I belong to two clubs. One has around 120 members and the other 75. They are therefore of a reasonable size. Both are different in a number of ways but neither of them are snooty. Both provide a good mix of competitions, talks and such like. The larger of the two also has a studio section and a "beginners days" both of which meet approximately once a month.
They are both great, fun places to be at and welcoming to all, especially new, perhaps less experienced, members.
Maybe I am lucky but I guess there are good and bad in most things, photographic clubs being no exception.
I wouldn't say this club's members where equipment snobs. However, some could afford to go on exotic holidays to America, Africa and India. Instantly the subject matter is more interesting/different to what is available to others on a lesser budget. Hence new members work would be less likely to be chosen for inter club competitions.
I suppose I was a bit cruel to them by commenting that most camera clubs are obsessed with birds/insects on a stick and the insides of churches. Basically subjects to yawn at.
Don't think I can join a club somehow......
I was taking photographs for over 50 years before I eventually joined a camera club.
I wish I had done it 50 years earlier.
It is the only camera club I have ever belonged to, so I can't comment on others - but the one I joined is certainly not snooty. It was very welcoming, in a nice informal way. Funny? Well, there are certainly plenty members with a great sense of humour.
For me, my belated discovery was that a camera club far exceeds any other method of learning about photography. You will learn hugely more from participating (and I stress the word "participating" - not merely attending) in a camera club than you will ever learn from books, videos, internet fora, etc., etc.
Several years ago I thought I'd have a look at a club what at the time wasn't far from me. As the club season was drawing to an end I paid a visitors fee for the few remaining weeks. I was interested in the possibility of going on the advertised field trips.
Only one person spoke to me socially and I put it down to being new.
The following season I joined up for a year. I asked one of the members where to get mount boards locally. The reply was, "check on the web." I asked what size the boards need to be and the person pointed to one and said, "that size!"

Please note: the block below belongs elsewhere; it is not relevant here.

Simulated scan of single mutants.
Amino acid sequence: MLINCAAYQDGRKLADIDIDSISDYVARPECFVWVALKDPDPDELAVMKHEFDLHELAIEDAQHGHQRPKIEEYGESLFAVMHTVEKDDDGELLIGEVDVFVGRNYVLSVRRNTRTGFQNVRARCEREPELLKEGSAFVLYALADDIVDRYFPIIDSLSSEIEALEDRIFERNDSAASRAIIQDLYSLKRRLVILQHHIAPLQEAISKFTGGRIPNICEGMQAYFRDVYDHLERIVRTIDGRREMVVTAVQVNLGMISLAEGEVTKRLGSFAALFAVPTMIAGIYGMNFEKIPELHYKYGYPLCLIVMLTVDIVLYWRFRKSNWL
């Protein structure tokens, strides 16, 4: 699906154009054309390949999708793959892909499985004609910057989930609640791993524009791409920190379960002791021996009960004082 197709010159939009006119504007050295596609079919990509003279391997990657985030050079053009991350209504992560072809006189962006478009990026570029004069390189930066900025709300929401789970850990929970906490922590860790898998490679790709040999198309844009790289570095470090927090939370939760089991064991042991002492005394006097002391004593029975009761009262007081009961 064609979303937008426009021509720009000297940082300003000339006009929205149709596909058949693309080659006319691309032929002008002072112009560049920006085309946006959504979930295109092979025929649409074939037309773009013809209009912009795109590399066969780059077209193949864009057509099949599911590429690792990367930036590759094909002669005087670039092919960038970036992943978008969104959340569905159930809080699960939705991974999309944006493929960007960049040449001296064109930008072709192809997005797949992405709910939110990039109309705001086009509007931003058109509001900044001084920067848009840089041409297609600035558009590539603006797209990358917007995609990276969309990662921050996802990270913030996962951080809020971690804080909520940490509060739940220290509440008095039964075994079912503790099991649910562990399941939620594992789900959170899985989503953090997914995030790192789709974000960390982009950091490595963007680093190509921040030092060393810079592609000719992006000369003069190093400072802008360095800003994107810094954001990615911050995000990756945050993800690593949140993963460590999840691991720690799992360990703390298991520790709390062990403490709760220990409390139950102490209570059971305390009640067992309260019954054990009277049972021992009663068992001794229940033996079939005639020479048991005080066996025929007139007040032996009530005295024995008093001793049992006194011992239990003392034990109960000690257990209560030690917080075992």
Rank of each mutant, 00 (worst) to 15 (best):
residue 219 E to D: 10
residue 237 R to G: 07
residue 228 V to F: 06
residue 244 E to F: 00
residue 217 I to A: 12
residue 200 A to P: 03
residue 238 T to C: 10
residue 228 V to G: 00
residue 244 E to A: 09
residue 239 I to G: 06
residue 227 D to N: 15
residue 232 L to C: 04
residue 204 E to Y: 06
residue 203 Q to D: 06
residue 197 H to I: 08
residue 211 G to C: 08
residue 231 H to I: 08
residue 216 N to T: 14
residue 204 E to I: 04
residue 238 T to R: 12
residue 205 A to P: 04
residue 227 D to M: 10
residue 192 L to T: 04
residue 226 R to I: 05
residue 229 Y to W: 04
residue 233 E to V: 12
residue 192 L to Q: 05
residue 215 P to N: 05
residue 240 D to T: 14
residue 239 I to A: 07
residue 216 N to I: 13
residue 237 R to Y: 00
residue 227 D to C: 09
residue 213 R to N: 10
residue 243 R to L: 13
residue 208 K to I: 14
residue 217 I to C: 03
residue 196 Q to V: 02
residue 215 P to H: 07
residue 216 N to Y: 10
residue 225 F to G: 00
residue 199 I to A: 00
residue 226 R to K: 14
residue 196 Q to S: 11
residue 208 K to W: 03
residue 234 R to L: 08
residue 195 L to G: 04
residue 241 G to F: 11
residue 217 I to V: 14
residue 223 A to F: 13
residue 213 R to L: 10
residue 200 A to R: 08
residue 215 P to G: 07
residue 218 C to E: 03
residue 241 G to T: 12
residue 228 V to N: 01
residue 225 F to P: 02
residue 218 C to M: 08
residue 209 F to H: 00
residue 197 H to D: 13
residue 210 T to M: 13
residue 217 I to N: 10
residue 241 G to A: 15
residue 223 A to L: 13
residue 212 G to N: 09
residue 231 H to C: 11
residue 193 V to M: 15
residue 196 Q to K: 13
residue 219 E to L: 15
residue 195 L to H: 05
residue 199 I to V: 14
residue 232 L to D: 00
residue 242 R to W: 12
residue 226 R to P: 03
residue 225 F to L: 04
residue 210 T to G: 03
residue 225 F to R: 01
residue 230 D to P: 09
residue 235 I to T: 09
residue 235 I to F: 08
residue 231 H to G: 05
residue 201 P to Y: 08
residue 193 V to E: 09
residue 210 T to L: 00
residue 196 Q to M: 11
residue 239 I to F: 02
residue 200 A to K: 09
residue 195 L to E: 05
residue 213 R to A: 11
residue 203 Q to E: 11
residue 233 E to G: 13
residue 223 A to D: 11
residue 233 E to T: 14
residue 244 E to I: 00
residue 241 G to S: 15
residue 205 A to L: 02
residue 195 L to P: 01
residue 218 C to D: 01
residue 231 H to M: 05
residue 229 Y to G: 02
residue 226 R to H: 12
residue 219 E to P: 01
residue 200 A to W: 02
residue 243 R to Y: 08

Anyhow I got around that I submitted my first images to the monthly comp. The room sell silent as the judge announced one of my submissions as coming third. It went really quiet when the judge announced another as the winner of the month.
Shortly after a member walked towards me and I assumed I was going to be congratulated and how wrong I was as I got, "the majority of members have been here for a very long time and we don't like being shown up!"
I persevered for the rest of the season. Field trips came and went and they weren't announced and I wasn't invited. I was told by another member that despite the fact that I was winning the most monthly comps at the moment I wasn't going to win the overall yearly. Not being that bothered anyhow I came second. I'd already decided that I wasn't going to return next year anyhow. My last submission was for the yearly best of competition which was judged by a pro photographer.
I won the best landscape image and was presented with a trophy that I could keep for a year. I was once again approached by a member and was told, "keep it polished as I usually win the landscape of the year and I can't understand what the judge was thinking?" I returned the (polished) trophy a few months later and have never returned to the club.
Camera clubs are a bit like people, they come in all shapes and sizes and a bad one can put people off for ever. The first one I tried was small and not particularly welcoming but I hit gold with the second. With 125+ members I thought it would be difficult to fit in but everyone was very friendly and encouraging and three years on I am Outings Secretary. We have a number of specialist groups open to all, run camera craft sessions for beginners and attract a wide age range. Largely due to that we are also one of the most successful clubs in the country in external competitions.
I often find that people are people...............
...So why should it be
that you and I should get along so awfully...
on dear I've been attacked by Depeche Mode